When state and federal governments put personal restrictions in place to help stop the spread of COVID-19, some economic protections were put in place for the U.S. labor market. Companies like financial giant Goldman Sachs offered to suspend any job cuts in an attempt to keep the economy stable.
But with the pandemic ongoing, Goldman and others are having to put an end to that moratorium in an effort to help its own financial future. In the last week of September 2020, roughly five months into the pandemic, Goldman announced it would lay off 1% of its workforce. Allstate Insurance, the Walt Disney Company and several U.S.-based airlines also announced sweeping layoffs.
Pandemic-fueled layoffs in and of themselves aren’t new. But Bloomberg notes they are now going beyond hourly employees and are starting to hit office workers much harder than they have since the crisis started in March. .
Both for veterans who are affected by the most recent round of layoffs and those looking to increase their value as an employee and in their current gig, it might be time to consider a few steps. These programs are designed to train veterans and help them get — and keep — great jobs.
The Department of Veterans Affairs (VA) is pushing its Veteran Employment Through Technology Education Courses (VET TEC) program for veterans to develop new skills for the tech industry. Jobs in programming, software, media and big data could all be just a few clicks away, as long as you have at least one day of unexpired GI Bill benefits left.
There are also a number of reskilling and upskills programs in the corporate world for eligible veterans, which include Microsoft’s Software and Systems Academy or Amazon Workforce Solutions’ Military Apprenticeship. Many of America’s top corporations have special programs for training or hiring veterans, it’s just a matter of looking through a website or searching for them.
There are also many nonprofit reskilling organizations geared to help veterans join a new industry. These are groups like Workshops for Warriors, who train veterans in skilled trades to join the American manufacturing sector.
USAJobs.gov even developed a special portal to inform veterans about their opportunities and preferences in federal employment, as well as other special hiring practices and rules designed to keep American military veterans in a job throughout hard times.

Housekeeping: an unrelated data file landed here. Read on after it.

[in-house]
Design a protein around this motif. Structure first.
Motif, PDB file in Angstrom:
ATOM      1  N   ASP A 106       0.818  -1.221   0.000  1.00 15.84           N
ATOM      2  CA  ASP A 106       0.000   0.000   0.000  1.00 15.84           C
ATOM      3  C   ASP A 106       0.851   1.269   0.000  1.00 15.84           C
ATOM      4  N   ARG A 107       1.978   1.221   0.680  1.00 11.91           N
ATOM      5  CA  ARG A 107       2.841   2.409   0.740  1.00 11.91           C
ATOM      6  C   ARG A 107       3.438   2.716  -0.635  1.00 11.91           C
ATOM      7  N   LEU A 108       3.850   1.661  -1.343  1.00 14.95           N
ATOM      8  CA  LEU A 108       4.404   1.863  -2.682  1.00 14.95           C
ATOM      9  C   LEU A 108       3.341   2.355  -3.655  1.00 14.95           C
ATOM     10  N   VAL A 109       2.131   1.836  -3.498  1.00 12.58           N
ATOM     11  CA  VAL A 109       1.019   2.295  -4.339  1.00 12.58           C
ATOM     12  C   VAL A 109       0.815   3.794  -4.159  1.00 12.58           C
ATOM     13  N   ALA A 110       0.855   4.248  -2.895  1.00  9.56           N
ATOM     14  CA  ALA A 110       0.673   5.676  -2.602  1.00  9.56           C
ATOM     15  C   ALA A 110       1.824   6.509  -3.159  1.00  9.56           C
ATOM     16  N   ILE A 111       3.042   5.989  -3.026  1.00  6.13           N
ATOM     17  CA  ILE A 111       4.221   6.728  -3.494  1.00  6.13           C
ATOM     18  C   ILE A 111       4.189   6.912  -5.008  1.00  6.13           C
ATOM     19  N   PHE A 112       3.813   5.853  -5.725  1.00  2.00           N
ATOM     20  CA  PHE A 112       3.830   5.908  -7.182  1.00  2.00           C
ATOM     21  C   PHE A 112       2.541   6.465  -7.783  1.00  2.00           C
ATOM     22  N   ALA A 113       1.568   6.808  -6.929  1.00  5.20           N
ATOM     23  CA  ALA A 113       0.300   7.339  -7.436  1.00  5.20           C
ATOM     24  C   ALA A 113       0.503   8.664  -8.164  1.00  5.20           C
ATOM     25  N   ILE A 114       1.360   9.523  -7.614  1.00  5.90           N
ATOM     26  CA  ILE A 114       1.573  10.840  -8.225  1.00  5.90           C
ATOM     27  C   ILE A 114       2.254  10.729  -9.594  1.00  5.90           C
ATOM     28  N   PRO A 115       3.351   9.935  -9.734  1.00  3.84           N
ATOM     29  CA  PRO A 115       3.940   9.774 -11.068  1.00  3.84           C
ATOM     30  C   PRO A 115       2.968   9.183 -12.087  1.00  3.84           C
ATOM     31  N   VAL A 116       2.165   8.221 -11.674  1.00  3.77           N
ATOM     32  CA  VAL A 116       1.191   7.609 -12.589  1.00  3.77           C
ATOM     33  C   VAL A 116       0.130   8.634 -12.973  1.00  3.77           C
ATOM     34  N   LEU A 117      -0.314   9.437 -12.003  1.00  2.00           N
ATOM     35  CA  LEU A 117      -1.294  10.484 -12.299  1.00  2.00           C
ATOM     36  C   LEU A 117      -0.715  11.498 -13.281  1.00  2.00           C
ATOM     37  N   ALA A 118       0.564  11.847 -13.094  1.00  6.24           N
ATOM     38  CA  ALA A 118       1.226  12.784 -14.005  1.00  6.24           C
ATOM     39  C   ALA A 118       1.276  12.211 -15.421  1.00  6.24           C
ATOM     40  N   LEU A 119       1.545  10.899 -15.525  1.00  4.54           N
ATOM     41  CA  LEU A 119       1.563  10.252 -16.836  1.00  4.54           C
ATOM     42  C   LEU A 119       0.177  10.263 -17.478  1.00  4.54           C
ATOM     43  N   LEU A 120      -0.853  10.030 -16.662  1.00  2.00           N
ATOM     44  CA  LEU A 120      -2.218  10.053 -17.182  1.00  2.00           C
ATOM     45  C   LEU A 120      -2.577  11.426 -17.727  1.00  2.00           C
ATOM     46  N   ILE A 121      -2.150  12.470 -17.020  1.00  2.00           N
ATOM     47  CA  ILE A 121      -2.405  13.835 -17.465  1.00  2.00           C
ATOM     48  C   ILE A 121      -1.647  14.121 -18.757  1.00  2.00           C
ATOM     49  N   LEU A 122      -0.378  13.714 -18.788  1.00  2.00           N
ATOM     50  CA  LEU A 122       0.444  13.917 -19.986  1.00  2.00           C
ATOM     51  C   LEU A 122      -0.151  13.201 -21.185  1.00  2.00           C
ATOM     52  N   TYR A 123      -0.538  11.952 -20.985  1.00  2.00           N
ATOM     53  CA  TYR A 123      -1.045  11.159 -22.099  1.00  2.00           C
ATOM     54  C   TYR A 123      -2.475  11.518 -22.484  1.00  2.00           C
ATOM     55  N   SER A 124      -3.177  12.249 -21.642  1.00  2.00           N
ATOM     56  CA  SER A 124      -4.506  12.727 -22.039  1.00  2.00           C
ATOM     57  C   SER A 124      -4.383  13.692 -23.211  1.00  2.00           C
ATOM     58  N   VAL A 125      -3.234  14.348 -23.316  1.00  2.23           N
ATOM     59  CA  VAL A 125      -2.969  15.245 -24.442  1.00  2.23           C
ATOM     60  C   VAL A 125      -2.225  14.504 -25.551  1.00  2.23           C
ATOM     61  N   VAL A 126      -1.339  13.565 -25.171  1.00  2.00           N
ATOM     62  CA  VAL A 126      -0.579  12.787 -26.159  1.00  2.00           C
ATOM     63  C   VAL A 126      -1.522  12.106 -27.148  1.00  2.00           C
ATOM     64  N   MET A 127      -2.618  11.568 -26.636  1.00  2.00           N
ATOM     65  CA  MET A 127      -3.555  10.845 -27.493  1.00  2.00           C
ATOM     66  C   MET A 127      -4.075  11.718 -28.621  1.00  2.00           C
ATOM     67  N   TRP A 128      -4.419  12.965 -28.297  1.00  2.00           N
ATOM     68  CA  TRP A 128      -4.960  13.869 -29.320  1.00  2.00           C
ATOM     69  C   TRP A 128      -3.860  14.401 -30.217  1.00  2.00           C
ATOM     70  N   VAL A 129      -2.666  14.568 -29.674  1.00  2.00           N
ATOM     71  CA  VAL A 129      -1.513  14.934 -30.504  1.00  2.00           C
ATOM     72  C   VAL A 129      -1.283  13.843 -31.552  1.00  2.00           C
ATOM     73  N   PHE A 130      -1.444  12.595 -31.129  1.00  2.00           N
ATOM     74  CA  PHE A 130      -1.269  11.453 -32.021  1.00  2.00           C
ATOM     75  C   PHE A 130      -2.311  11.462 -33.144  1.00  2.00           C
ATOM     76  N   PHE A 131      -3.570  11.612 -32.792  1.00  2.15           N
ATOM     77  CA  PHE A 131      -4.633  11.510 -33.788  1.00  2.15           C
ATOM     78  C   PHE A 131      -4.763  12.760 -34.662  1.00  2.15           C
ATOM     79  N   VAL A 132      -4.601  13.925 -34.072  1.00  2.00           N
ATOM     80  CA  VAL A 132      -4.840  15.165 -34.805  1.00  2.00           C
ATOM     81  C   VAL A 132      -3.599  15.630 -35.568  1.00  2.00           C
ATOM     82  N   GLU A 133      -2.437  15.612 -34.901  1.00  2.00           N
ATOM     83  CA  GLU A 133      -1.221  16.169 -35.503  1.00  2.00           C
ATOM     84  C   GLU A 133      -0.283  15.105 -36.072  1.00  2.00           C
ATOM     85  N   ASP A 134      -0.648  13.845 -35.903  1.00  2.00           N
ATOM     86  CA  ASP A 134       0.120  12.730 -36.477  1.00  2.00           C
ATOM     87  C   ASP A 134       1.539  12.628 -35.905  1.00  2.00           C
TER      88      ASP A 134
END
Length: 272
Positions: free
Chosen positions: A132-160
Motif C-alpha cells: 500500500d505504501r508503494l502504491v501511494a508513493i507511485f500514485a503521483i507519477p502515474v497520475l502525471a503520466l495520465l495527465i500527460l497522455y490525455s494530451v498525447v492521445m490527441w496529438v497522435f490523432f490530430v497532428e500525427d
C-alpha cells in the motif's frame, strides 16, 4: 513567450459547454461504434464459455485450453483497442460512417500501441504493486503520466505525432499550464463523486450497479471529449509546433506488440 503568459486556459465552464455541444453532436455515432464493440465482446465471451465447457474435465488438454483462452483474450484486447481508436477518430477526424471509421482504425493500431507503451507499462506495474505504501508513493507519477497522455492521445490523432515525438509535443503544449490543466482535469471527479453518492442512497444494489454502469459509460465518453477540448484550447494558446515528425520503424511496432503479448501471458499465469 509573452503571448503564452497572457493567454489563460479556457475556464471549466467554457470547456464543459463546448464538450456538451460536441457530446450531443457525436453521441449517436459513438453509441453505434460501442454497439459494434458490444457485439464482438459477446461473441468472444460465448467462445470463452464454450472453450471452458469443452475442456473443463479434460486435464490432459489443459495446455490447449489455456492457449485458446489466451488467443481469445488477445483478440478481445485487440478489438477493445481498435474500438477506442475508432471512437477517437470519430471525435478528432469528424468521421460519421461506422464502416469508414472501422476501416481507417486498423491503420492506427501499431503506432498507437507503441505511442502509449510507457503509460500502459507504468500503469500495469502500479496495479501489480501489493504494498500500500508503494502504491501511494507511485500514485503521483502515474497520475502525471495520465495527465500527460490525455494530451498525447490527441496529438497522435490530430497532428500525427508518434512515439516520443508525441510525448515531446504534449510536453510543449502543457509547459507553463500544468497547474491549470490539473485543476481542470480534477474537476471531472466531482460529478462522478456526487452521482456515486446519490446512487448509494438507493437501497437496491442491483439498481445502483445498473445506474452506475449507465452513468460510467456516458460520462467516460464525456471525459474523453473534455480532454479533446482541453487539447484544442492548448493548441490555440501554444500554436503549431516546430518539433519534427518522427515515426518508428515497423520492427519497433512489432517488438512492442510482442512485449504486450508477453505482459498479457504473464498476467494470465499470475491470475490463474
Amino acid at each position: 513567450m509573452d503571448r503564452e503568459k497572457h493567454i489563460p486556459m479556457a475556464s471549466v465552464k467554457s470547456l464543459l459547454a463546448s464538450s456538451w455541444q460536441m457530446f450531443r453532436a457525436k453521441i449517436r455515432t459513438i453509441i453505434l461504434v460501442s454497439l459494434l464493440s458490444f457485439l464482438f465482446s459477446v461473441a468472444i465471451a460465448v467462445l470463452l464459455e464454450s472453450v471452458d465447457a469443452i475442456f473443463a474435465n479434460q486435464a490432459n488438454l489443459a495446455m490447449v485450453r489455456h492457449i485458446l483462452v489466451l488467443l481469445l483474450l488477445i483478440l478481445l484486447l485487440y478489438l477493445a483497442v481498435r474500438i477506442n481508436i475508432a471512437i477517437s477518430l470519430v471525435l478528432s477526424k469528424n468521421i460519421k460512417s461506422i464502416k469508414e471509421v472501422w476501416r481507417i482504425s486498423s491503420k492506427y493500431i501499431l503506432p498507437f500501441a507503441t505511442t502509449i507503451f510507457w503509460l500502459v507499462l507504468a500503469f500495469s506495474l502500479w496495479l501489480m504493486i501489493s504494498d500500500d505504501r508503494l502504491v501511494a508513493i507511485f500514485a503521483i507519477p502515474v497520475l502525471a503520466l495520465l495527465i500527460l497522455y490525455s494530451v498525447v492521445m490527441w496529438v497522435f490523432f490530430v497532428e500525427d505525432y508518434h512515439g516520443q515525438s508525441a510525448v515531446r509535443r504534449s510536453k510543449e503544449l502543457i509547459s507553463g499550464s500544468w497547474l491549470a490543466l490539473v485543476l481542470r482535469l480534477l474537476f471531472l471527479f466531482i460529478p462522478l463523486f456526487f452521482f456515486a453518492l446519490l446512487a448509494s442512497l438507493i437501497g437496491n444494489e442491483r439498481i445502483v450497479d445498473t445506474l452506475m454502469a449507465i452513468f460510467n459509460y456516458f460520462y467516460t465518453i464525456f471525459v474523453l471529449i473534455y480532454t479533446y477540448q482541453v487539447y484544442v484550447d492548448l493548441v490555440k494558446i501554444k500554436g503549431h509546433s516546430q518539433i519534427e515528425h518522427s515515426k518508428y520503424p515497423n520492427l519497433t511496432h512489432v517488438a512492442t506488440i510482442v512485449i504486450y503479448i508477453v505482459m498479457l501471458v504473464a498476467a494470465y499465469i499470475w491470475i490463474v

To better understand federal hiring practices, veterans hiring preferences and how the process works, The U.S. Office of Personnel Management (OPM), created FedsHireVets, a portal to answer any questions veterans might have about getting a government job or how they can find listings in their area.
Start a Business
If all else fails, veterans can still go out and start their own businesses to use the skills they already have to become their own boss. The U.S. Small Business Administration has a number of programs for veterans looking to start a business. The most notable is the Boots to Business Reboot program, which trains veterans how to found and build their business. They can even show aspiring veterans how to fund their new ventures.
Some corporations will even train you to start a business just so they can use your business as a new partner. For example, Amazon is training vets to start delivery companies just to meet the rising demand of users shopping from home. Like other corporate-based training, many programs exist and just require a bit of searching to discover what opportunities are out there.
Whether starting their own business, reskilling, upskilling or going back to school, the important thing to remember during this economic downturn is that there are many options available. The unemployment rate for veterans has been at a slow decline since hitting a 20-year peak in April, and that trend is likely to continue.
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